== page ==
Singh then brought this action of habeas corpus in the district court. The magistrate noted that the Board had accepted Singh's testimony as true and so he would accept it as true. He followed the usual rule that the Board's factual determinations must be accepted unless there is a lack of substantial evidence to support them. INS v. Elias-Zacharias, 502 U.S. 478, 481, 112 S.Ct. 812, 815, 117 L.Ed.2d 38 (1992); Castillo v. INS, 951 F.2d 1117, 1120 (9th Cir.1991). The magistrate held that the Board's finding that Singh had not been persecuted for his political opinion was not supported by substantial evidence, observing that the Board failed to distinguish efforts to arrest and persecute individuals suspected of criminal activity from punishment without judicial process. No doubt, the magistrate must have had in mind the occasion where, without any judicial process, Singh was arrested, imprisoned, and tortured for attending a conference to be held by the permission of the district commissioner. The magistrate concluded: “Consequently, petitioner has established asylum eligibility on the basis of past persecution and is presumed to have a well-founded fear of persecution. 8 C.F.R. § 208.13(b)(1)(i).”
The magistrate also addressed the alternative ground of the Board's decision and noted that the advisory opinion from the State Department did not “address the issue of whether this petitioner can live safely in another region of India nor does it address this issue of whether conditions have changed in India.” The magistrate recommended that the case should be remanded to the Board so that the Board could consider both questions. The district court adopted the magistrate's report and recommendation and remanded to the Board “for further proceedings consistent with this report and recommendation.”
Under the relevant statute the Attorney General has established a procedure “for an alien physically present in the United States or at a land border or port of entry” and in his discretion may grant the alien asylum “if the Attorney General determines that such alien is a refugee within the meaning of § 1101(a)(42)(A) of this title.” 8 U.S.C. § 1158. Under § 1101(a)(42)(A) the term refugee means “any person who is outside any country of such person's nationality” and who is “unable or unwilling to return to, and is unable or unwilling to avail himself or herself of the protection of, that country because of persecution or a well-founded fear of persecution on account of ․ political opinion․”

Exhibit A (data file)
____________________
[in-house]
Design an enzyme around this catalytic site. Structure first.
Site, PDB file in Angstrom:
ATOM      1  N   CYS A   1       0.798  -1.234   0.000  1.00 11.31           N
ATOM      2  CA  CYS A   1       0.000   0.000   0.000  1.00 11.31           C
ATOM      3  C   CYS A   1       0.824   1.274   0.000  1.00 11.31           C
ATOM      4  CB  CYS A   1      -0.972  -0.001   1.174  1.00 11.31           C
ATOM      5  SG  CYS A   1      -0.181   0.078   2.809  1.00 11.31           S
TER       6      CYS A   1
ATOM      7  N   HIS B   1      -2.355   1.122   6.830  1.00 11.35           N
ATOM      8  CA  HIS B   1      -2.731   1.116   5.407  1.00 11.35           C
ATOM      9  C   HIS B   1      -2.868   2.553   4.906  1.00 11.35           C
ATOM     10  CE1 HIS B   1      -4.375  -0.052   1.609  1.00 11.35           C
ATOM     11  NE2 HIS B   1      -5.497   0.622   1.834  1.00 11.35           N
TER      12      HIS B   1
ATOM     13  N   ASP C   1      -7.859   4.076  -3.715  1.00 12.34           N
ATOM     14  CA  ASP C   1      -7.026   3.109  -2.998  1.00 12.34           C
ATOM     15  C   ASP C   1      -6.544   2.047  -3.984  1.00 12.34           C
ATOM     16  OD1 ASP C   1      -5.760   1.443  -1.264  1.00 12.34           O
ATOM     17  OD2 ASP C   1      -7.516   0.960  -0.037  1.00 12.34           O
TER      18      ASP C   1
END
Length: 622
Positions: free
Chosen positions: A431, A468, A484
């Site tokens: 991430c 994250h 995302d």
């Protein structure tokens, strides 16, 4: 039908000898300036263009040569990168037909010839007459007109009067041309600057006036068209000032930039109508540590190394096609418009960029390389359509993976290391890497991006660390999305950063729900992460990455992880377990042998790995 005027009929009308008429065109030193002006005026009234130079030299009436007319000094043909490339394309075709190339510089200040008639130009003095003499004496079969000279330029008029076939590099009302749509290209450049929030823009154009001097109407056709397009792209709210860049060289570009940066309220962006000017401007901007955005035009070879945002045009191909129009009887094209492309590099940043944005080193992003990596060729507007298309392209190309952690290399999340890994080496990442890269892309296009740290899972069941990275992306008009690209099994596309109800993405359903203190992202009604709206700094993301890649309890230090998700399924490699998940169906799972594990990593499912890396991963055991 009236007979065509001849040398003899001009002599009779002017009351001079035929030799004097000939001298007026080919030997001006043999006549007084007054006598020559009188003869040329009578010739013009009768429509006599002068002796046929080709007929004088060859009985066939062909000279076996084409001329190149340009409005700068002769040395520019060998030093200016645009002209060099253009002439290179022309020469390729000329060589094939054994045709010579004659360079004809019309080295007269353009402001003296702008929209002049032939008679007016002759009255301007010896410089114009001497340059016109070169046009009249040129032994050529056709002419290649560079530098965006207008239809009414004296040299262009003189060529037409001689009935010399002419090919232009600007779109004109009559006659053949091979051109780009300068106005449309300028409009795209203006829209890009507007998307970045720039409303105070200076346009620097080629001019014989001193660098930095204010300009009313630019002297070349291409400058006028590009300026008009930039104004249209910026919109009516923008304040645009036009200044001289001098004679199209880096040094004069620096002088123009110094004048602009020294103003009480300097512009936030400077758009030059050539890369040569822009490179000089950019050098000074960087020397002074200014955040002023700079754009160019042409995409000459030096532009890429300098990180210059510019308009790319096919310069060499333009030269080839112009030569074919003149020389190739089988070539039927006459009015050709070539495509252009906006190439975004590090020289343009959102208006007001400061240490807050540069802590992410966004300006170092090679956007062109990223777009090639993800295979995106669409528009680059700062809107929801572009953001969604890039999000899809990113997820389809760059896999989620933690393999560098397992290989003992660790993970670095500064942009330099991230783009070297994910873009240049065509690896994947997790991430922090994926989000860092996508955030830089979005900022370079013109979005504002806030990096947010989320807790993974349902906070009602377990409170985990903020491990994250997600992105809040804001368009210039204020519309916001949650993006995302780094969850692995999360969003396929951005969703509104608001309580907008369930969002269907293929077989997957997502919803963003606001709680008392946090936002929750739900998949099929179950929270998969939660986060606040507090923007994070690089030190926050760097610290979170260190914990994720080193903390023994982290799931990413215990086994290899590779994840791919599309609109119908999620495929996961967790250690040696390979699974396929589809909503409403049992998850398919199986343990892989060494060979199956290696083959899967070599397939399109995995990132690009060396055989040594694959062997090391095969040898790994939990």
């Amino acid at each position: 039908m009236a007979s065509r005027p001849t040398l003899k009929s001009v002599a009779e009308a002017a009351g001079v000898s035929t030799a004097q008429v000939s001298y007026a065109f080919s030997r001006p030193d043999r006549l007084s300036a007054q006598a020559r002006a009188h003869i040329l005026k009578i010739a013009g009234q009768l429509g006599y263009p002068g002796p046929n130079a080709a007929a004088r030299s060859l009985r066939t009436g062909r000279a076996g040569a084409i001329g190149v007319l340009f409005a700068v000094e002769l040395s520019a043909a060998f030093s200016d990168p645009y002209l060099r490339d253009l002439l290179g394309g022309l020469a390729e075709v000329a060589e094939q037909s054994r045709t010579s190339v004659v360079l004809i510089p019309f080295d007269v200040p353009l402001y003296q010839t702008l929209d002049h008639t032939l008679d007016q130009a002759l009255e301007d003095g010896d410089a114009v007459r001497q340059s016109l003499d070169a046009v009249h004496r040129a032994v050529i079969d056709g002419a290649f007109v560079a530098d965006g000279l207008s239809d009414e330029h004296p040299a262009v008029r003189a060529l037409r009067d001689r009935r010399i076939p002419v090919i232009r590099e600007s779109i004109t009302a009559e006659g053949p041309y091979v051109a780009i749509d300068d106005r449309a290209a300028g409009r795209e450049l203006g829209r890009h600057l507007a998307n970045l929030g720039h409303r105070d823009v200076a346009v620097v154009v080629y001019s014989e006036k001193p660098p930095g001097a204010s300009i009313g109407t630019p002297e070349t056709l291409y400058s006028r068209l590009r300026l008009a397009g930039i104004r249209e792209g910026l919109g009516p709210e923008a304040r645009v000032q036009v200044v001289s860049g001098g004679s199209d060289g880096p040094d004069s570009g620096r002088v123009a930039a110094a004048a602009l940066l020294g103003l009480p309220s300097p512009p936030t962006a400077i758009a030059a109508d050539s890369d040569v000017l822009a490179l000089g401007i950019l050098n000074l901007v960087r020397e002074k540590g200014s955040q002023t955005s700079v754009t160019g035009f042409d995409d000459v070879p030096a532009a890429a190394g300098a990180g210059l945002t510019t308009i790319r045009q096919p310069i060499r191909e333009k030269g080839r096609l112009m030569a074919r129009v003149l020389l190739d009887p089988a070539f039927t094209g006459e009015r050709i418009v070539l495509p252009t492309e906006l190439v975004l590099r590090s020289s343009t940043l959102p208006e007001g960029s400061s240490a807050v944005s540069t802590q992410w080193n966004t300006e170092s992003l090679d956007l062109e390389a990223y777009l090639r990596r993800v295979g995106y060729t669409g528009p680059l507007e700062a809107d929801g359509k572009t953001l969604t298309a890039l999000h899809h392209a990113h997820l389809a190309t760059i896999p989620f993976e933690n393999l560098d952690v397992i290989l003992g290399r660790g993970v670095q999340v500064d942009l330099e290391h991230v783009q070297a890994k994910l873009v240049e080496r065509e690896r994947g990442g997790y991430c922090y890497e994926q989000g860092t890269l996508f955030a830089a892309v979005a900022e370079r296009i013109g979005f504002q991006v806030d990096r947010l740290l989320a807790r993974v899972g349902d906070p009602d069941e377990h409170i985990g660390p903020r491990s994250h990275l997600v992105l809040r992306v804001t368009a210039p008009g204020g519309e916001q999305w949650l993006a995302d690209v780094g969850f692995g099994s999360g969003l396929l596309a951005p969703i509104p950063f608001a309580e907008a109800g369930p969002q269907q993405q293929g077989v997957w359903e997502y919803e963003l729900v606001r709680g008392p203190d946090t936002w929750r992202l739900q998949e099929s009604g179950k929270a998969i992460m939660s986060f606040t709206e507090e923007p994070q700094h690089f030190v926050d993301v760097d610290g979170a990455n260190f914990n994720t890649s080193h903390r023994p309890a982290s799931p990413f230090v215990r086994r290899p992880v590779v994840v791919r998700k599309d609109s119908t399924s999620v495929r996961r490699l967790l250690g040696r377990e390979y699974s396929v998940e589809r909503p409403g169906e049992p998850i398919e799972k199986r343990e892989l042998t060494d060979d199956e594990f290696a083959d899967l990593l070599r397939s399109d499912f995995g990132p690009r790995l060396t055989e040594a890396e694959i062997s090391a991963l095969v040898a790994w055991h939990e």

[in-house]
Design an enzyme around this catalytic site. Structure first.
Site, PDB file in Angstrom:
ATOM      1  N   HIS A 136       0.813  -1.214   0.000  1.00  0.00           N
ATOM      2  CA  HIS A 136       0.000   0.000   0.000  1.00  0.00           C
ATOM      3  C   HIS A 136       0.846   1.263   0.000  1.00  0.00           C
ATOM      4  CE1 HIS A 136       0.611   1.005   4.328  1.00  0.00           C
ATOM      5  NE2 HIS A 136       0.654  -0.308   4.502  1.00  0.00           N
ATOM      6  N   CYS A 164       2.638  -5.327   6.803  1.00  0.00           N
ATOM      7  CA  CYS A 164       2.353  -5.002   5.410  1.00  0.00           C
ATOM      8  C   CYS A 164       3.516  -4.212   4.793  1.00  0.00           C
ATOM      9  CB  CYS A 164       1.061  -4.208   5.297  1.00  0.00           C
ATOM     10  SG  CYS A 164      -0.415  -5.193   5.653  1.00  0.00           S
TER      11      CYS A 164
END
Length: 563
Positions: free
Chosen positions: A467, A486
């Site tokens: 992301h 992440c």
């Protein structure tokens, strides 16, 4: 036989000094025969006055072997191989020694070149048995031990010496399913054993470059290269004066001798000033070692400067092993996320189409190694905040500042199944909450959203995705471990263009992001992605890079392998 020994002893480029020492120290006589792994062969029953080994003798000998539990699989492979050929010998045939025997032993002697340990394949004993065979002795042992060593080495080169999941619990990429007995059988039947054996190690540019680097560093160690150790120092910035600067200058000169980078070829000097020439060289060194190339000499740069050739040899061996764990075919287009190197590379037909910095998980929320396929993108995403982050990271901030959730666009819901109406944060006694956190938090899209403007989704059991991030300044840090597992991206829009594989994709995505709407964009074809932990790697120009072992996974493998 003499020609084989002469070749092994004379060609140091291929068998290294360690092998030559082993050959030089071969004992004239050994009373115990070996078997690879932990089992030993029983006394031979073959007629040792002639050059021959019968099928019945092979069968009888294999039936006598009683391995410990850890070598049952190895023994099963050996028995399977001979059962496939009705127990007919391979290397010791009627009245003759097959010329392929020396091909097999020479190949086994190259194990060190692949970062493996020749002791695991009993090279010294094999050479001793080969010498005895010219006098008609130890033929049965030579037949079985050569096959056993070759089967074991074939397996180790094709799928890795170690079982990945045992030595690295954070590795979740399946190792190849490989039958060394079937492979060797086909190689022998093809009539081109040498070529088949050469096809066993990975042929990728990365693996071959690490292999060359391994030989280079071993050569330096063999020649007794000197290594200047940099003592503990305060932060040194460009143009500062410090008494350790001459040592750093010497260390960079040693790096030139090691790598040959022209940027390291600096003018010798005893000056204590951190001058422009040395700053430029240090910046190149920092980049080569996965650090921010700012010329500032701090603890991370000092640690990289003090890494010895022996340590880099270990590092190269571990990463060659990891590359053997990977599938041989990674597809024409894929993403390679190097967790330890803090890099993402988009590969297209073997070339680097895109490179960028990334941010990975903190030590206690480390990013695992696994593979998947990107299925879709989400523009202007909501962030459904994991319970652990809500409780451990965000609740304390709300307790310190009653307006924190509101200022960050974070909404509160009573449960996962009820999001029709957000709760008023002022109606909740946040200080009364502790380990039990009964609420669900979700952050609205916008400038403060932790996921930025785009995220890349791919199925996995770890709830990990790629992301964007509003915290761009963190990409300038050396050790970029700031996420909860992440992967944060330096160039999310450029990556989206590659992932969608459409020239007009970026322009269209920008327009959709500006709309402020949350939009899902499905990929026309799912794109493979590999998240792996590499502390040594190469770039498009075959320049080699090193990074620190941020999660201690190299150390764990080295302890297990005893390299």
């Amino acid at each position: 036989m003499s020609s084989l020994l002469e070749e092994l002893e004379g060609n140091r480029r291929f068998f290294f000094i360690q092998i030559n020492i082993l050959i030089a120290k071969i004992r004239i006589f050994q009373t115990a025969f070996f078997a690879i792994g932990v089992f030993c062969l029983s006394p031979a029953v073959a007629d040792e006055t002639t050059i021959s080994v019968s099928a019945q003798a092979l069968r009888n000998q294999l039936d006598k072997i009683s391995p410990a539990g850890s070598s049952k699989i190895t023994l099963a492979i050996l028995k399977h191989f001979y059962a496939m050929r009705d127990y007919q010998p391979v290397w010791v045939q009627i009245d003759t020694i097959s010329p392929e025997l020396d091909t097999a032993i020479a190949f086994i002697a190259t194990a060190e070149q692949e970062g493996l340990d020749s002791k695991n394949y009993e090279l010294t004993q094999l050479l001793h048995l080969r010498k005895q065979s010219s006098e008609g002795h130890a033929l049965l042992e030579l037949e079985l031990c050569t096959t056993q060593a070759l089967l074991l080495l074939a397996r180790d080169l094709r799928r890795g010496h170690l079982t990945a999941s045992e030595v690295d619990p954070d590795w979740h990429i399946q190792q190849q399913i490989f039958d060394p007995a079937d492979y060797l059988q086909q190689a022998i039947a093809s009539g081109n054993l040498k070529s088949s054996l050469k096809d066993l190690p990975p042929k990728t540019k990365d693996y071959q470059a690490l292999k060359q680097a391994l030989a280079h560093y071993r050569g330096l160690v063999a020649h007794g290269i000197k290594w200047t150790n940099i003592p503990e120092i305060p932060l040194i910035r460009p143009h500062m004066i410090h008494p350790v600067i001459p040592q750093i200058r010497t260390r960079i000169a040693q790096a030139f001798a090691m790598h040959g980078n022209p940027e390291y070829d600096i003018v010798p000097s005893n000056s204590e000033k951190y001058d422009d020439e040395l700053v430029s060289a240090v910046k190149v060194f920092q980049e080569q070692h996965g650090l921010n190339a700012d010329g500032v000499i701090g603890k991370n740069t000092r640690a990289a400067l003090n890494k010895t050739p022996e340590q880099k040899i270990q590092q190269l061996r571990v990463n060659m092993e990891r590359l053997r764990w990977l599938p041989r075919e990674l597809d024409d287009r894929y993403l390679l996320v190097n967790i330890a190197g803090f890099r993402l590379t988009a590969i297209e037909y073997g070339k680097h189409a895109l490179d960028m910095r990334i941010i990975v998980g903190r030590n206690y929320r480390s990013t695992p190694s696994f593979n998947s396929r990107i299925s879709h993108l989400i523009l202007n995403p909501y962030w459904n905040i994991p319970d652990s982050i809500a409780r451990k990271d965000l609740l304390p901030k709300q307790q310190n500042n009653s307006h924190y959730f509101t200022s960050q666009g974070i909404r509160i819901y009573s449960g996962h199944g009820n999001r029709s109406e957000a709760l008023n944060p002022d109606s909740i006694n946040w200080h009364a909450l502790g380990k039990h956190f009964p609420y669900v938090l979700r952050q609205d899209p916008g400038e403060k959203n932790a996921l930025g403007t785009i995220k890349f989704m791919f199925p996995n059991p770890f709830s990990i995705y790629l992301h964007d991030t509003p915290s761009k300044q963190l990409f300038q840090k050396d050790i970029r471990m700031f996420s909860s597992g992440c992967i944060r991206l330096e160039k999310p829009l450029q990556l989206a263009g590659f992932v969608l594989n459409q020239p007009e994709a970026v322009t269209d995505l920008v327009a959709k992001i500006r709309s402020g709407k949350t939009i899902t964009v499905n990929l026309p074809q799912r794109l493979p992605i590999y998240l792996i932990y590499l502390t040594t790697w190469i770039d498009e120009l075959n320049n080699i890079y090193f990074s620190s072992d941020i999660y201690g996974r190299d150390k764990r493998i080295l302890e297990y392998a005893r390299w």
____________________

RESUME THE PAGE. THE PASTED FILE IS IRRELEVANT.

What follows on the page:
The statute controls the case. The district court determined that Singh was the victim of actual past persecution on the basis of political opinion. The Service does not challenge this finding, although, surprisingly, the Service urges that his returning to his political work for the Student Federation shows that he was not afraid of the police. The Service fails to distinguish fortitude in the face of danger from absence of fear. It is evident from his application for asylum that Singh is unwilling to avail himself of the protection of India owing to his persecution by India. Consequently, he qualifies as a refugee as defined by § 1101(a)(42)(A). Desir v. Ilchert, 840 F.2d 723, 739 (9th Cir.1988).
Adopting the recommendation of the magistrate, the district court remanded to the Board to determine if Singh can “live safely in another region of India” distinct from his home. The district court apparently believed that Singh would not qualify for asylum if his persecution by India for political opinion was confined to the Punjab. Such is not the law. Singh's contention is not that Sikhs in general or Sikhs in the Punjab are persecuted, but that he, a particular Sikh, has been persecuted for his political opinion; and so he has. That thousands of Sikhs live peacefully in some parts of India has no bearing on his case.
We have recognized that where there was a danger of persecution in a single village from guerrillas who knew the petitioner, and no showing of such danger elsewhere in the country, the petitioner failed to establish eligibility for asylum. Quintanilla-Ticas v. INS, 783 F.2d 955, 957 (9th Cir.1986); Diaz-Escobar v. INS, 782 F.2d 1488, 1493 (9th Cir.1986). The Service argues by analogy that these cases control this case. But where the persecution is by the government of the nation no such distinction may be taken. The basic definitional statute defines a refugee in terms of a person “who is outside the country of such person's nationality.” 8 U.S.C. § 1101(a)(42)(A). The regulations as to establishing refugee status speak consistently in terms of “general conditions in the applicant's country of nationality,” 8 C.F.R. § 208.13(a); persecution “in his country of nationality” and unwillingness to return to “that country,” id. § 208.13(b)(1); changed “conditions in the applicant's country of nationality,” id. § 208.13(b)(1)(i); and compelling reasons not to return to “his country of nationality,” id. § 208.13(b)(1)(ii). It has never been thought that there are safe places within a nation when it is the nation's government that has engaged in the acts of punishing opinion that have driven the victim to leave the country.
Singh has established that he is unwilling to return to India due to past persecution by the national government of that country on the basis of his race or political opinion. He is a refugee eligible for asylum under 8 U.S.C. §§ 1101(a)(42) and 1158. The district court was, of course, right in remanding to the Board for the exercise of the Attorney General's discretion under 8 U.S.C. § 1158(a). This case is remanded to the district court with instructions to remand to the Attorney General for proceedings consistent with this opinion.
NOONAN, Circuit Judge: